I did not choose to automatically get extra time on tests, either. I was a slow reader (still am) and really did need the extra time on certain tests, to the point where at one time my teacher forced me to take the extra time on a close reading test. I did not choose for the teachers not to send me to the office when I misbehaved. I never asked: “Hey Mr./Mrs. X, I know I misbehaved but I’m such a poor little blind kid, please don’t send me to the office.” It was teacher behavior, and as soon as my tutor found out, he instructed the teachers not to treat me favorably. But before then – and after then, cause teachers still on occasion would give me unjustified special treatment and even if they didn’t, students perceived them to do -, I was picked on for this. Was it my fault? If I said so and relied heavily on wanting to do everything the exact same way that my sighted fellow students did, I was accused of not accepting blindness – by the same adults who communicated to me that I brought the teasing onto myself.
They sure had their reasosn for believing I brought it onto myself. I had (still have, though less so) poor frustration tolerance and my angry comments when some little thing didn’t go my way, annoyed my classmates. I did not have the most empathy in the world – my definition of taking into account another person’s poitn of view consisted of letting classmates make tiny everyday decisions for me. I had bad body odor and didn’t pick up on hygiene rules. And so on and so on. But is this something that will change if you just inform the bullied student that this is the reason they’re bullied? My classmates, two months after being asked (without my presence) to inform my tutor of what they didn’t like about me and my tutor then having communicated it to me, somehow decided I’d improved. I still don’t believe this is quite true (except for perhaps the hygiene, cause I knew that hygiene had something to do with showering and decided to have a daily bath). I didn’t improve just from being told what was wrong with me. Two years later, when my tutor decided that social skills lecturing would be the solution to a very different problem I’d been facing, my teachers and classmates still made largely the same comments about me.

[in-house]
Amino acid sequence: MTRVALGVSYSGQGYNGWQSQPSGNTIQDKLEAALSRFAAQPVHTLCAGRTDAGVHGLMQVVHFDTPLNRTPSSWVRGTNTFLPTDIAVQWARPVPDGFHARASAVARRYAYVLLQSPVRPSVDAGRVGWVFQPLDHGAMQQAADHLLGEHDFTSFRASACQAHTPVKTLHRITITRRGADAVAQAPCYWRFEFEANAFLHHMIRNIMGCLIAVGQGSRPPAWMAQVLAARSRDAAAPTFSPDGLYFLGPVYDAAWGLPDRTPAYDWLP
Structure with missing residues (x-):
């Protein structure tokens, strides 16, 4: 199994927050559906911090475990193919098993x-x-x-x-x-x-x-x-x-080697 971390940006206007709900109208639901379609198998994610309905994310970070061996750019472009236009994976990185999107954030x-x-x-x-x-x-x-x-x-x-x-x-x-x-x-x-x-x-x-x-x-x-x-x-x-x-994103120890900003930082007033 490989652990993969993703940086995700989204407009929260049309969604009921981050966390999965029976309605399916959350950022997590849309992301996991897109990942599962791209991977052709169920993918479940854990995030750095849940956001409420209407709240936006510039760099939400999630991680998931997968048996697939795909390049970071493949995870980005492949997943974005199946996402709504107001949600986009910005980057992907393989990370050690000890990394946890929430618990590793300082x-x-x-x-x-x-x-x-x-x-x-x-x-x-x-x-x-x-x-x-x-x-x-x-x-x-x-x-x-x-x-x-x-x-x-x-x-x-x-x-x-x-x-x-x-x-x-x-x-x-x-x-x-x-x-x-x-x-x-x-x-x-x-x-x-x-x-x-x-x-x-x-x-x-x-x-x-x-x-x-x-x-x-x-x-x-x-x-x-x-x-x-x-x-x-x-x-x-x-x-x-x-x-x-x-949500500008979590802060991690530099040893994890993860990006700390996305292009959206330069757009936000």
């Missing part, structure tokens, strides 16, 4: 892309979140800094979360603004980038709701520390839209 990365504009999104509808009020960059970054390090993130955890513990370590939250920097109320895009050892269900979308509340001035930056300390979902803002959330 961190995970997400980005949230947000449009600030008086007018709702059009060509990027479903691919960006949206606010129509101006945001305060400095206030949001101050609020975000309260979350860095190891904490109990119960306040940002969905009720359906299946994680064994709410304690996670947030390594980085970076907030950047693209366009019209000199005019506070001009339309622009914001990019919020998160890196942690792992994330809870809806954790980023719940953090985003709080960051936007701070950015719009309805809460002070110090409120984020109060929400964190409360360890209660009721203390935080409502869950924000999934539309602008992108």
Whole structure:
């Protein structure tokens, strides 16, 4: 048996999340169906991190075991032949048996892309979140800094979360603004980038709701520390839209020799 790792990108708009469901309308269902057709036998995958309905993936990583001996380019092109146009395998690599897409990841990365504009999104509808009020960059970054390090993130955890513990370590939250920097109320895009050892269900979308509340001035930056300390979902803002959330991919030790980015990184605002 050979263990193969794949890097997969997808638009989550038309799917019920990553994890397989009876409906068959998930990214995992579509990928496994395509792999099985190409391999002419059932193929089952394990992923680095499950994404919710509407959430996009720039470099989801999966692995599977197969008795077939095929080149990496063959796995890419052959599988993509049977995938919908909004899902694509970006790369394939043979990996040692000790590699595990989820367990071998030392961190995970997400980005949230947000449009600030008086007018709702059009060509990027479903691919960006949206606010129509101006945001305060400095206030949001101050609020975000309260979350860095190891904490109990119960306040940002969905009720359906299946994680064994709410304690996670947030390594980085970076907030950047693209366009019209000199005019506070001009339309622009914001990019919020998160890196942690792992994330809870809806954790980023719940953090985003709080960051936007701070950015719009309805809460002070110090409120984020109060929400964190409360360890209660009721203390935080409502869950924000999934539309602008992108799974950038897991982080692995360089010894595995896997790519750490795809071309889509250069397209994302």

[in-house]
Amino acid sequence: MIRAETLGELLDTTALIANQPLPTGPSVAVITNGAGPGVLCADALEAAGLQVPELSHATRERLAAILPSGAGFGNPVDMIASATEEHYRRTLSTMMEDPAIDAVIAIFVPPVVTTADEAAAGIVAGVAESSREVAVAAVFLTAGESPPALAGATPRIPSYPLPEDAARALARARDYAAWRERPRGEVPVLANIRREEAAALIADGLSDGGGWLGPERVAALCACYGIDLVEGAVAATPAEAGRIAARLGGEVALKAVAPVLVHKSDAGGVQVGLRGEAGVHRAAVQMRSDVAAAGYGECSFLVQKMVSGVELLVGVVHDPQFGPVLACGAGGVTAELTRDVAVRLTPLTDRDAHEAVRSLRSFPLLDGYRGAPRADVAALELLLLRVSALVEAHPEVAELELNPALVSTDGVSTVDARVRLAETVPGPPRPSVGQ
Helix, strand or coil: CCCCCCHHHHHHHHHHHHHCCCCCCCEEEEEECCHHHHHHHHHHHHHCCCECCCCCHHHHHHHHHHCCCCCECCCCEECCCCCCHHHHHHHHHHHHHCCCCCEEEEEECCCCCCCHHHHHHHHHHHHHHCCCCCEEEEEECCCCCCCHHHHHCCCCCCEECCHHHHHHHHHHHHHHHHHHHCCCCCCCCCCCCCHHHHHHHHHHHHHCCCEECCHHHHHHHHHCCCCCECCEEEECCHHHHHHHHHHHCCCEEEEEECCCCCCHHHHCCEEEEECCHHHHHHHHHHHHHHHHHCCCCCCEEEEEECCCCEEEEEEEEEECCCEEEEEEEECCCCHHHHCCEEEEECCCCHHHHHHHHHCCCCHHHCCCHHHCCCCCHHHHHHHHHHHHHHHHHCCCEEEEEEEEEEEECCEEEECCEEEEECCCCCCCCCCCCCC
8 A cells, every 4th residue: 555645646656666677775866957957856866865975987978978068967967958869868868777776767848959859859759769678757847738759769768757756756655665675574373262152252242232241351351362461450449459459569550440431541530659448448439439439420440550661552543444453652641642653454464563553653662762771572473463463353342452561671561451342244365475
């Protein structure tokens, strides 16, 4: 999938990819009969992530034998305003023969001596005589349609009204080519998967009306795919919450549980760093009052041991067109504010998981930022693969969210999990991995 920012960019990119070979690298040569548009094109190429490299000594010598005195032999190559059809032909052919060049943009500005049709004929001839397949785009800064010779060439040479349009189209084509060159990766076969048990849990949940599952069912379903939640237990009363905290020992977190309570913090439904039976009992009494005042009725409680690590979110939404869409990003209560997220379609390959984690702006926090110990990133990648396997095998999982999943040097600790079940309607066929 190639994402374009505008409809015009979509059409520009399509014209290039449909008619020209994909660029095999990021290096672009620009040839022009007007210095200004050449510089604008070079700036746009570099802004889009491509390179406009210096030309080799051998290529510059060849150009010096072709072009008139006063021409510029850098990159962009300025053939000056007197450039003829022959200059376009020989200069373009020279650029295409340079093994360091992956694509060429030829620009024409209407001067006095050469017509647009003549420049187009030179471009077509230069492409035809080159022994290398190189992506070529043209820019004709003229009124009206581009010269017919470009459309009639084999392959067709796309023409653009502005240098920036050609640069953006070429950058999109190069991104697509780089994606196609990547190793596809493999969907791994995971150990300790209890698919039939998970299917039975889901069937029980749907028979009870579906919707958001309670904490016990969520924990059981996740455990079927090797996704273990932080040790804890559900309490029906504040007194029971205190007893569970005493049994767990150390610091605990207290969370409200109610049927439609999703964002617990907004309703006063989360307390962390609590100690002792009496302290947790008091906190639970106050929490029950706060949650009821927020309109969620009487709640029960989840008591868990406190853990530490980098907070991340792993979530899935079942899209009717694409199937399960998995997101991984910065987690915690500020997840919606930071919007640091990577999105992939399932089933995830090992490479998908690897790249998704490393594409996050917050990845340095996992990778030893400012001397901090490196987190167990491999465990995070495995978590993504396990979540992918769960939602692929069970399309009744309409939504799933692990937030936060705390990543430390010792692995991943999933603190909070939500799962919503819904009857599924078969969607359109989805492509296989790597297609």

Of course, it is a good thing that I knew what I might work on – if I’d known how to, it would’ve been even better. But social skills classes are not the solution to every emotional problem a student with social cognitive deficits faces. I refuse to participate in anything remotely like social skills training for this reason: I may have a social skills deficit, but there is no need to tell me (I already know) and learning how to chit-chat (which I don’t have a desire for beyond my already quite sophisticated abilities for an Aspie anyway) is not solving most of my problems. And besides, every social situation will be different anyway. I do benefit from Social Stories or something similar, but the lectures my tutor gave in tenth and eleventh grade, have not been particularly beneficial.
Besides, bullying is wrong no matter what. There is no way anyone would choose to be bullied. A child with social cognitive deficits doesn’t have a sticker on their forehead saying: “Please bully me.”
And, of course, the news story is about a Kindergartner, not a middle school student. Kindergartners have even less skill to reflect on their own behavior, even if they were neurotypical – so don’t expect an Aspie 5-year-old to change his behavior when his classmates say that he’s “disgusting” and “annoying”. The child likely won’t learn from it, and it’s no excuse for bullying.